Aït Benhaddou
Aït Benhaddou is one of Ouarzazate’s fortified cities along the former caravan route between the Sahara and Marrakech. Inside the high mud walls are 6 kasbahs and a small number of homes. Most of the town’s inhabitants now live in a more modern village at the other side of the river although a few families still live within the city walls. Aït Benhaddou has appeared in several movies, including Lawrence of Arabia and Gladiator.

Fes el Bali
Fes-al-Bali, the larger of the two medinas of Fes, is a nearly intact medieval city. With a population of about 150,000 inhabitants, it is the largest carfree urban area in the world by population. Transports of goods is provided by donkeys, carriages, and motorbikes. The entire medina is surrounded by high walls with a number of historic city gates. Several shops and restaurants have a rooftop terrace which is a great way to escape the bustling streets. The views are particularly spectacular during sunset and after dark.

Erg Chebbi
The Erg Chebbi dunes are located in the Sahara Desert. The awe-inspiring dunes are as high as 150 meters tall, and one certainly feels small in their shadows. Erg Chebbi special feature is its beautiful unique orange colored sand. Excursions to the dunes normally start from the village of Merzouga which is located on the edge of the erg. Camel trekking is the most popular option although it isn’t the most comfortable way of traveling.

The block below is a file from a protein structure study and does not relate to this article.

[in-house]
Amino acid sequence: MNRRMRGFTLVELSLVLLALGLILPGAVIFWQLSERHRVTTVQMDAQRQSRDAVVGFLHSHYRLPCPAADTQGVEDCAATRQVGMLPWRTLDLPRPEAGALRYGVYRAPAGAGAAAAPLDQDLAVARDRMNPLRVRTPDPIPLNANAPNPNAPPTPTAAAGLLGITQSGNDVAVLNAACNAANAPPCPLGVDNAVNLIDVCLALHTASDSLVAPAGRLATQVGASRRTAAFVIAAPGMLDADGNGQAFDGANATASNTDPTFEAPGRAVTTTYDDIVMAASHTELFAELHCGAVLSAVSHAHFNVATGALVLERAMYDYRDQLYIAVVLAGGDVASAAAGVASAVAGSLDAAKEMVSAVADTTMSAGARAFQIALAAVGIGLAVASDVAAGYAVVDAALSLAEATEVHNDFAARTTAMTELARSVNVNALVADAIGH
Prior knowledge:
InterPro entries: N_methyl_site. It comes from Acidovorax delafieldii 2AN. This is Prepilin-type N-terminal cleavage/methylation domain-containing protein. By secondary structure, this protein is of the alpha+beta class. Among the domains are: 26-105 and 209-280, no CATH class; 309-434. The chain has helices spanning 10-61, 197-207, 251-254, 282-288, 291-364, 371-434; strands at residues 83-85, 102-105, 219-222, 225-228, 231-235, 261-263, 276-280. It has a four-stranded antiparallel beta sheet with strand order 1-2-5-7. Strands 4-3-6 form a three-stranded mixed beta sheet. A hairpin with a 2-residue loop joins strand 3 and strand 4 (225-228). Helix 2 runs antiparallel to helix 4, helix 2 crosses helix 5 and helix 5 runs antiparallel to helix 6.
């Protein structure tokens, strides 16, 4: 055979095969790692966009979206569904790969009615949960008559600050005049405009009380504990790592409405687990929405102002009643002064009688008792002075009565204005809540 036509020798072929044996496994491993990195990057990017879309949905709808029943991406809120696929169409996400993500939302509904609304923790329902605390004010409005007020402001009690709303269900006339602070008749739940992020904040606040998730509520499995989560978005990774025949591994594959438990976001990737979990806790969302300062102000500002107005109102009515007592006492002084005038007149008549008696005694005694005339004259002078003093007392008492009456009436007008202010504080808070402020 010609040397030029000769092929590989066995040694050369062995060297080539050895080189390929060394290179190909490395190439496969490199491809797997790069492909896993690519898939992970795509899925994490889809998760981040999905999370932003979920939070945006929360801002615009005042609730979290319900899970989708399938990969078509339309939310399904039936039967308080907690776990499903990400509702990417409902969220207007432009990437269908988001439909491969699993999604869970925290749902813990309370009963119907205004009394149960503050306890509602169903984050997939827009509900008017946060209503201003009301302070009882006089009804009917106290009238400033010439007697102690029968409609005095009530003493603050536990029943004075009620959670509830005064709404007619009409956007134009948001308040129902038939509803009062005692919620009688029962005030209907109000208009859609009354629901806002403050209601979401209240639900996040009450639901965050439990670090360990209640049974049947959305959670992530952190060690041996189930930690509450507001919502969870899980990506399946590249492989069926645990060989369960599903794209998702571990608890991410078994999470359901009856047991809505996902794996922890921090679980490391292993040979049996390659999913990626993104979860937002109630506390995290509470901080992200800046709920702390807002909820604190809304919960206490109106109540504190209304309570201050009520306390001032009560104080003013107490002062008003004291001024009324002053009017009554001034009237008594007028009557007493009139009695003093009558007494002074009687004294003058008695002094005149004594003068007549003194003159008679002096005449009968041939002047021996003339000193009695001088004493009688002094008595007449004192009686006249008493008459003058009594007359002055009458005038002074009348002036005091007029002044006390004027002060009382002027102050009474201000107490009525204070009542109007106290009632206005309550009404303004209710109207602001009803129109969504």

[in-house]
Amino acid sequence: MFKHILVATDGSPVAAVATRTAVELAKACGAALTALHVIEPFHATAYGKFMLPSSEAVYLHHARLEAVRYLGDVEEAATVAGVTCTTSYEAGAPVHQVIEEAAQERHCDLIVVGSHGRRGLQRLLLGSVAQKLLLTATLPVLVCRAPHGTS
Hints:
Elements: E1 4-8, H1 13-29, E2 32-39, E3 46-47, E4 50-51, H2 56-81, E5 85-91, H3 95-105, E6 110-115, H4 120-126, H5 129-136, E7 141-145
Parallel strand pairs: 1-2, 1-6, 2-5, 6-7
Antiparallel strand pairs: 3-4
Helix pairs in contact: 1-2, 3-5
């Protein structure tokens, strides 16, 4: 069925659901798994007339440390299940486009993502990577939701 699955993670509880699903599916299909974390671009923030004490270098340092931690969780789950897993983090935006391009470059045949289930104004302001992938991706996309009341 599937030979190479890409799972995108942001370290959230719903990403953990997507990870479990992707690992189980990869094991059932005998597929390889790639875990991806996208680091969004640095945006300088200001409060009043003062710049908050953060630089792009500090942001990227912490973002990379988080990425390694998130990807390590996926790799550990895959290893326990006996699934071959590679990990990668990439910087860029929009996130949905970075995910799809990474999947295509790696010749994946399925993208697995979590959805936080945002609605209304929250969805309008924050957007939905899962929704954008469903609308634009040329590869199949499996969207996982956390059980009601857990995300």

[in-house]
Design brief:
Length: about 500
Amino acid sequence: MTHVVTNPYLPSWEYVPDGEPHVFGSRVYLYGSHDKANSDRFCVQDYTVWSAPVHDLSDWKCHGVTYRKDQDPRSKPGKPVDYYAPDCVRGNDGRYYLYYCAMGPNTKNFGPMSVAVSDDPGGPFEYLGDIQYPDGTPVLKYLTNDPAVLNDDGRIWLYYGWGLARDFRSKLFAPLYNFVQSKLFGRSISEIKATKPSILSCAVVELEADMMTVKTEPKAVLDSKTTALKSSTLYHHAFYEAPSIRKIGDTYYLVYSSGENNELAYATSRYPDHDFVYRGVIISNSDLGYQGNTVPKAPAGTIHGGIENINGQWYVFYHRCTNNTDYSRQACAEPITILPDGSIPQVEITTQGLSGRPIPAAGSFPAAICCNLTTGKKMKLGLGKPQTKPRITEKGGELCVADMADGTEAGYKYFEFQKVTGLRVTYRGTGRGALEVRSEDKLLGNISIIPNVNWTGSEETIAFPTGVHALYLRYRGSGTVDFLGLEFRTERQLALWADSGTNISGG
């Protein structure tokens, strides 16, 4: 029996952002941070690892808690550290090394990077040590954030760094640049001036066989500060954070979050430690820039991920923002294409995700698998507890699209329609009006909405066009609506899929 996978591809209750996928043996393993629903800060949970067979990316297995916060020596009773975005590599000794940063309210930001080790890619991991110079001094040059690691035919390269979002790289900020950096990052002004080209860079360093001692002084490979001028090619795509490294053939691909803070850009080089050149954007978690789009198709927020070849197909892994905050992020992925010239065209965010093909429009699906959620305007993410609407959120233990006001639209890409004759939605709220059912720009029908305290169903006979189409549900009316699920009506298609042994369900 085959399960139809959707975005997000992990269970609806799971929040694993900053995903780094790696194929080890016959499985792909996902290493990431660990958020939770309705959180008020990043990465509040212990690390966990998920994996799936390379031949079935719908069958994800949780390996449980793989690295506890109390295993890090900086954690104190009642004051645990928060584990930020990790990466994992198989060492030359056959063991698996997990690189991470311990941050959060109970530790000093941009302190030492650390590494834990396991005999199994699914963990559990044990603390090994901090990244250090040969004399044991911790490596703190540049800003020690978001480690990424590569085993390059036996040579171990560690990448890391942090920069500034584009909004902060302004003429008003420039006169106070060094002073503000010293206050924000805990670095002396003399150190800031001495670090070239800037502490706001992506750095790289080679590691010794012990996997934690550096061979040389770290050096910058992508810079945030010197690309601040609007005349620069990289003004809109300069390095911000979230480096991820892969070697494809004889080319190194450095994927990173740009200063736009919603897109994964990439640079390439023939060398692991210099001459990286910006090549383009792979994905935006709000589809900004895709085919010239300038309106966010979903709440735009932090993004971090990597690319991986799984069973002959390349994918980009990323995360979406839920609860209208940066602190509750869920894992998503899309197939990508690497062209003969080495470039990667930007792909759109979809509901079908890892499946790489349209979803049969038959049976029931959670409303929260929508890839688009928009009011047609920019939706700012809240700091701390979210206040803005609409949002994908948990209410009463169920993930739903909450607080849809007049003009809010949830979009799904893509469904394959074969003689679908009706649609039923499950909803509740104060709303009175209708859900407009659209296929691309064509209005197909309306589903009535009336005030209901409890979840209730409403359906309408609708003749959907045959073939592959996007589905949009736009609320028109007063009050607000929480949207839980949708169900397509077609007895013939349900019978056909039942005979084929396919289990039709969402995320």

Credit Cards: Many places in Morocco accept Visa, MasterCard, American Express and Thomas Cook travelers cheques. Major credit cards are widely accepted in the main tourist centers, although their use often attracts a surcharge of around 5% from Moroccan businesses.

Tipping System: Tipping and bargaining are integral parts of Moroccan life. Practically any service can warrant a tip, and a few Dirham for a service willingly rendered can make life a lot easier. Tipping between 5% and 10% of a restaurant bill is appropriate. A supply of small coins is vital for the payment of taxis, tips and guides.


Day 1 : Arrival in Casablanca (D)
Arrival in Casablanca, transfer to the restaurant for dinner then to the hotel for check in and overnight.

Day 2 : Casablanca - Marrakech (B/L/D)
After breakfast, proceed with full day Casablanca tour visiting The central market, The habaous District, Royal Palace, Mohamed V square, The residential area of Anfa  and The Hassan II Mosque ( outside ). After lunch, departure to Marrakech. Upon arrival, dinner in restaurant and overnight.
Day 3 : Marrakech (B/L/D)
After breakfast, city tour visitingThe Saadian Tombs, The Bahia Palace, The Kutoubia Minaret, Menara garden. Lunch at local restaurant then proceed with visit to Souks and Jema El Fna. Dinner with Fantasia Chez Ali show. Transfer back to the hotel and overnight.

Day 4: Marrakesh – Casablanca (B)
After breakfast, transfer to Casablanca International Airport for departure.